Who’s the bad guy?

October 7th, 2004 by Ben Goldacre in adverts, bad science, dangers, scare stories, weight loss | 1 Comment »

Ben Goldacre
Thursday October 7, 2004
The Guardian

· What is science? A set of techniques, perhaps, for approaching a problem, or examining and describing the world. It informs, but is different from, technology, which in turn lets us do things like fly disaster rescue missions, phone our parents or manufacture processed junk food, each according to personal taste and preference. Or, if you’re a gullible neo-luddite new age moron, science is the universal bad guy. Like in the new Kettle Chips four-page pullout advert. Strapline: “No Science. No Fiction. Real.”

· Nice. “Our potatoes … ” they say, “one season they’re planted, it rains a bit, then the next season we dig a few up to check they’re ready before harvesting them. Not much science to that.” From what I remember, I’d say the completely amazing story of how a little round potato grows, with water and carbon dioxide and sunlight, into a bushy four-foot green plant with loads more potatoes under the ground, is pretty much our core constituency. And the astonishing unlikeliness of how it all works still blows my mind 15 years after Mr Hollander taught me back in the lower fourth about photosynthesis, chemotaxis, and that amazing stuff where the roots know how to grow down instead of up even in the dark.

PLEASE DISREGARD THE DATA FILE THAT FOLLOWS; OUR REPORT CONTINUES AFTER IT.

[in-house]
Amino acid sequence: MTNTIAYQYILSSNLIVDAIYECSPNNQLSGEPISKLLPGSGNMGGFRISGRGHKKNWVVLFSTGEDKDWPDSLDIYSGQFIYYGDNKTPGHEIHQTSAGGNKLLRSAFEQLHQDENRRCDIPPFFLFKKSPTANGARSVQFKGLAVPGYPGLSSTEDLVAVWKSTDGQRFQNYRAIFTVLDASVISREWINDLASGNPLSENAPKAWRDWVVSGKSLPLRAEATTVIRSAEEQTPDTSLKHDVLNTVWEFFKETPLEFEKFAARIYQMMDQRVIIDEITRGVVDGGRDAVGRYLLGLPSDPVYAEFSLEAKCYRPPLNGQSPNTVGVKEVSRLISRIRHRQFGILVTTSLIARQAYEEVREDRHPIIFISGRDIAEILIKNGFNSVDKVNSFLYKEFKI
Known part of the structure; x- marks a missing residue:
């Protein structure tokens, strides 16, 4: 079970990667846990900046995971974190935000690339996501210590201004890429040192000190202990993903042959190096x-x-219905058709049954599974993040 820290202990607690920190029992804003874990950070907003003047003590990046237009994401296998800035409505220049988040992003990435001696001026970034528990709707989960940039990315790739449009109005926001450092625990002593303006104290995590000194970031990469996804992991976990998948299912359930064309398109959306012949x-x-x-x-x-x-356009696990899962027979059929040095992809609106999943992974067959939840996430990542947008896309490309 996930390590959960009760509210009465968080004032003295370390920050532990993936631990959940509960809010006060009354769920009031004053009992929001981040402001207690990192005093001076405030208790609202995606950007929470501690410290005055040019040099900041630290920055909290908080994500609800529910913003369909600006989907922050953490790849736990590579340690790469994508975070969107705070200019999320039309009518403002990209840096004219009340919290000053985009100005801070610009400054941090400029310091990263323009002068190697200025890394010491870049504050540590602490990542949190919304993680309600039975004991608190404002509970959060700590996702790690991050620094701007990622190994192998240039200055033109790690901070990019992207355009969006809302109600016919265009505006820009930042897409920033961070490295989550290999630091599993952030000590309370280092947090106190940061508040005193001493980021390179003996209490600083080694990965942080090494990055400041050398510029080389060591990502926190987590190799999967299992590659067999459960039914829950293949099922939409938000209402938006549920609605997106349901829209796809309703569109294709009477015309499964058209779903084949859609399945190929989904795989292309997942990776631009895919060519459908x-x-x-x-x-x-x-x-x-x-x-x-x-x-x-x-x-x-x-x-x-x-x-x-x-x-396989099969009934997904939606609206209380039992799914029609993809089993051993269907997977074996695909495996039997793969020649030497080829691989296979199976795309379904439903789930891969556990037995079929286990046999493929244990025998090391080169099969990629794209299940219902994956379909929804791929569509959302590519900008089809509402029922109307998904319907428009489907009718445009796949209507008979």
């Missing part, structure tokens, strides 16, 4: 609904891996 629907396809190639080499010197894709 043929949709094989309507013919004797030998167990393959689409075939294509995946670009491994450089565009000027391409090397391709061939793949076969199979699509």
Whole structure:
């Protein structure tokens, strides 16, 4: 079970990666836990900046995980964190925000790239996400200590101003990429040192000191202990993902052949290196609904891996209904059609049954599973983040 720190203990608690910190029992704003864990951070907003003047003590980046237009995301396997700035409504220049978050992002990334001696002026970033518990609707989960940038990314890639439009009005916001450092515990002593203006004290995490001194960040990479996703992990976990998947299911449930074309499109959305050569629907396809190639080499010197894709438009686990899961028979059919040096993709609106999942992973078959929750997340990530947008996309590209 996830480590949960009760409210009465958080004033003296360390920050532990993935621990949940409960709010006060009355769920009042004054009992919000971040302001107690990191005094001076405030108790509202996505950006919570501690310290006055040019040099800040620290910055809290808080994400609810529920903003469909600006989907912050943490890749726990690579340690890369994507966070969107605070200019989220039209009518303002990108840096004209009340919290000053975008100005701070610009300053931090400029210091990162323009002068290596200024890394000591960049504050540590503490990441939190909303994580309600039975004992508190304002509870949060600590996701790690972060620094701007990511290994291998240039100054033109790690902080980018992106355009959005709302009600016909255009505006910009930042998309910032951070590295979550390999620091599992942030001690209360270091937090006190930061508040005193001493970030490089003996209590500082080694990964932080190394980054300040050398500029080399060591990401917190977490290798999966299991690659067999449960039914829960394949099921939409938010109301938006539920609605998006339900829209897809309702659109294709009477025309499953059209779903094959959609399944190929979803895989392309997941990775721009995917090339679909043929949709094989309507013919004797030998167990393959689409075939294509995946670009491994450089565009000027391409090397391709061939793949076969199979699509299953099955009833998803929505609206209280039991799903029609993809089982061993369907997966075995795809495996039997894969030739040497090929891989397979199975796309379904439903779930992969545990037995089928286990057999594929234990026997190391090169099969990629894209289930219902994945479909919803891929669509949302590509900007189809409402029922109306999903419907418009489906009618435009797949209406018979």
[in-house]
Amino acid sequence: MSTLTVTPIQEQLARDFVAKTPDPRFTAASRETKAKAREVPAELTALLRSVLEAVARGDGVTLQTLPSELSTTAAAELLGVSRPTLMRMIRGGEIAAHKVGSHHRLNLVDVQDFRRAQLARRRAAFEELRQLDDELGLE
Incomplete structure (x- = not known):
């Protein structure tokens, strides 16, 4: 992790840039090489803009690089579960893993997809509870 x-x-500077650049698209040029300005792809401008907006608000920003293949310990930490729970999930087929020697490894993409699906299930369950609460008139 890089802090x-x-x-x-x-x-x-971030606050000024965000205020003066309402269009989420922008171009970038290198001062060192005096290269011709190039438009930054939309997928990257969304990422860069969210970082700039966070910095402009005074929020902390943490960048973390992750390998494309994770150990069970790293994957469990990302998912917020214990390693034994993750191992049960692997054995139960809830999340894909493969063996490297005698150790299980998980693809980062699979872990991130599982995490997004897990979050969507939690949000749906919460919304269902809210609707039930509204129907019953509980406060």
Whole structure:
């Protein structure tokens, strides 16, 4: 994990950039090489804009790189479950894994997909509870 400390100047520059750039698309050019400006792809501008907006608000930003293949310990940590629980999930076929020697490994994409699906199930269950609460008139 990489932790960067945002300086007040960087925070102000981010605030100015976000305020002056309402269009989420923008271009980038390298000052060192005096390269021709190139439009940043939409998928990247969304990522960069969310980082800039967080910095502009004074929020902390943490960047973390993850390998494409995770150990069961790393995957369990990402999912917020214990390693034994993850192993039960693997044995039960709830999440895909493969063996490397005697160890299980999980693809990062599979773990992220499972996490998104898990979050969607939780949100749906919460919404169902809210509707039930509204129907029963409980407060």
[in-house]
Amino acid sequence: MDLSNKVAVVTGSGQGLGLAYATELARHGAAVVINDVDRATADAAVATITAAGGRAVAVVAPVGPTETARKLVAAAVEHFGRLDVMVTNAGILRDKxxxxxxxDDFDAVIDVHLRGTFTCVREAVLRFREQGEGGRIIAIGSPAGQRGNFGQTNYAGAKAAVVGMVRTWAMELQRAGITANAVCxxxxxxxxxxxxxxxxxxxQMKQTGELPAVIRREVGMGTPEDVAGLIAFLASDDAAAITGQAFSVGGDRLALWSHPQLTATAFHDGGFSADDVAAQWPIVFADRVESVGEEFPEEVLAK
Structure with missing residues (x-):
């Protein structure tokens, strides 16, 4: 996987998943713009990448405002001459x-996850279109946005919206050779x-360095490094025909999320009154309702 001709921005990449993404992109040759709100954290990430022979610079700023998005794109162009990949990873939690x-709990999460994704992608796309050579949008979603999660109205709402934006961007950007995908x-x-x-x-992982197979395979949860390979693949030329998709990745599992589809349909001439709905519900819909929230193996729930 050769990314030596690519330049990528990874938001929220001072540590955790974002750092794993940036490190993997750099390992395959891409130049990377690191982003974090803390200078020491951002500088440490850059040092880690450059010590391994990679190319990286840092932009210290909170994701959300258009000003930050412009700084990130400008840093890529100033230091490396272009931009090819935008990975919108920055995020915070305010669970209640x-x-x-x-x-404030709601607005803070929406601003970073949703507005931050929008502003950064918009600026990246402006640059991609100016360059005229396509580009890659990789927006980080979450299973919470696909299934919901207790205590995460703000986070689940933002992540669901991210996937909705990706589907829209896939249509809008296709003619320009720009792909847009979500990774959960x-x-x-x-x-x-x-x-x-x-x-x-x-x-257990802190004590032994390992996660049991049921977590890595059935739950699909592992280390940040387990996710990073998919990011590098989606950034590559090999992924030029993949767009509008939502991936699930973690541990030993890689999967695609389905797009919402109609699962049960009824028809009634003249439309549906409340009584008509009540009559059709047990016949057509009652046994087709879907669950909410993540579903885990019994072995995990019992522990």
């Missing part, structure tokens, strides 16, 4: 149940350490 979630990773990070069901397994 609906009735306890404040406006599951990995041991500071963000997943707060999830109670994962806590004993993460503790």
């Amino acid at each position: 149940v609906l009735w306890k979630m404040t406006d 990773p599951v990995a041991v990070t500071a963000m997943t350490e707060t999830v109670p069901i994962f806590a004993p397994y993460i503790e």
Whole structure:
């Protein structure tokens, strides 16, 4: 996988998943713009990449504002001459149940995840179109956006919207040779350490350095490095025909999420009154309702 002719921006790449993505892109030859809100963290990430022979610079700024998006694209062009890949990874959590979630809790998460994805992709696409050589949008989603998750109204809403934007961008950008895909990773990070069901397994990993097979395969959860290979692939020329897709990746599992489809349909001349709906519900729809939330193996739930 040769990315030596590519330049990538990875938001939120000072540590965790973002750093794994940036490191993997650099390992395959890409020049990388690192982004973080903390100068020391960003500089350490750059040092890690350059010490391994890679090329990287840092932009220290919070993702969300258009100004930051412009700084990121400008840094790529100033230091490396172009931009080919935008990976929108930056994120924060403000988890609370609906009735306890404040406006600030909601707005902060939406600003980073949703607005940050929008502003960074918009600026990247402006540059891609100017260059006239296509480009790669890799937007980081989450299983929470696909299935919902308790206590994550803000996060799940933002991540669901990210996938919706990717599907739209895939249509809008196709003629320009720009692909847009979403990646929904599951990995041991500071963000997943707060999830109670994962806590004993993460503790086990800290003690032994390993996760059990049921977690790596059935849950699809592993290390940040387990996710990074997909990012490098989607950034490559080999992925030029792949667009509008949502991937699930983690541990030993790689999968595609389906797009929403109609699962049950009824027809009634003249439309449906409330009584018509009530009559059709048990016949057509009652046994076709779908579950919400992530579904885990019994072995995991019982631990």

· Back to the advert: “Salt and vinegar? No thanks. Sea salt and balsamic vinegar for us_ No Science.” No, heaven forbid. Salt is a nasty chemical that gives you hypertension and heart attacks. Natural sea salt is a different kettle of chips altogether. Now, stop me if I’ve lost what little perspective I once had, but to recap: these are crisps, and this is a junk food company, advertising its junk food which it makes in a big factory somewhere. It’s promoting rubbish food that will make you fat and ugly, and now it’s telling me that “science” is the bad guy that I’m supposed to be afraid of.

· Well shake my pot belly and shower me with emboli, why would a junk food company want to turn me against science? After all, science gave it cheaper ways to make junk food, and imaging advances help us see the damage its food does to our arteries, and epidemiology helps us to notice that its food lowers our life expectancy, and materials research helps surgeons to replace our blocked, rotting arteries so that we can keep on stuffing our faces with its posh crisps. Who’s the bad guy there, fat boy?